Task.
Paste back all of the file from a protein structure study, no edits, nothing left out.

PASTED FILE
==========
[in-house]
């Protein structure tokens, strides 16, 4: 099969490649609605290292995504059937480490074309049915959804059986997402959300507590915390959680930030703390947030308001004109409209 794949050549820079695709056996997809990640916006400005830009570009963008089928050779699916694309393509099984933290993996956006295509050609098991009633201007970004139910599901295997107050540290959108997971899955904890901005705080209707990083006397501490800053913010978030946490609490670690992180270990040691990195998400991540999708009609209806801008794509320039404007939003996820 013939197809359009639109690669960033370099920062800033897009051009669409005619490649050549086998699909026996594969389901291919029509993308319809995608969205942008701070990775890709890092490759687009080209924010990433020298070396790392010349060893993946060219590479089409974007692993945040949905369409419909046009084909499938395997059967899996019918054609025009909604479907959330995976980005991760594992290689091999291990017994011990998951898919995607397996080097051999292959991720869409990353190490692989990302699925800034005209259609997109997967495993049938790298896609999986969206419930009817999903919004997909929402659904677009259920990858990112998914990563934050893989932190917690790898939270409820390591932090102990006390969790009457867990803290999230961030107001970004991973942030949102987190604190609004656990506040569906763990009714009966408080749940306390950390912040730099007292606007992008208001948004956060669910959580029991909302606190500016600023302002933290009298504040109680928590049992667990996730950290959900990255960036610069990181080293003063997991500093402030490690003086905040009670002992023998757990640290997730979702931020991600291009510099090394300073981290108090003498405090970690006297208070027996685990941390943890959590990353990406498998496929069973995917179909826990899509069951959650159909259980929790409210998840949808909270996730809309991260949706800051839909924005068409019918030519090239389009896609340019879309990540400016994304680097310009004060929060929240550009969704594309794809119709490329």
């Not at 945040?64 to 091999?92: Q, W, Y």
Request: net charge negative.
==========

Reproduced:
[in-house]
């Protein structure tokens, strides 16, 4: 099969490649609605290292995504059937480490074309049915959804059986997402959300507590915390959680930030703390947030308001004109409209 794949050549820079695709056996997809990640916006400005830009570009963008089928050779699916694309393509099984933290993996956006295509050609098991009633201007970004139910599901295997107050540290959108997971899955904890901005705080209707990083006397501490800053913010978030946490609490670690992180270990040691990195998400991540999708009609209806801008794509320039404007939003996820 013939197809359009639109690669960033370099920062800033897009051009669409005619490649050549086998699909026996594969389901291919029509993308319809995608969205942008701070990775890709890092490759687009080209924010990433020298070396790392010349060893993946060219590479089409974007692993945040949905369409419909046009084909499938395997059967899996019918054609025009909604479907959330995976980005991760594992290689091999291990017994011990998951898919995607397996080097051999292959991720869409990353190490692989990302699925800034005209259609997109997967495993049938790298896609999986969206419930009817999903919004997909929402659904677009259920990858990112998914990563934050893989932190917690790898939270409820390591932090102990006390969790009457867990803290999230961030107001970004991973942030949102987190604190609004656990506040569906763990009714009966408080749940306390950390912040730099007292606007992008208001948004956060669910959580029991909302606190500016600023302002933290009298504040109680928590049992667990996730950290959900990255960036610069990181080293003063997991500093402030490690003086905040009670002992023998757990640290997730979702931020991600291009510099090394300073981290108090003498405090970690006297208070027996685990941390943890959590990353990406498998496929069973995917179909826990899509069951959650159909259980929790409210998840949808909270996730809309991260949706800051839909924005068409019918030519090239389009896609340019879309990540400016994304680097310009004060929060929240550009969704594309794809119709490329």
């Not at 945040?64 to 091999?92: Q, W, Y």
Request: net charge negative.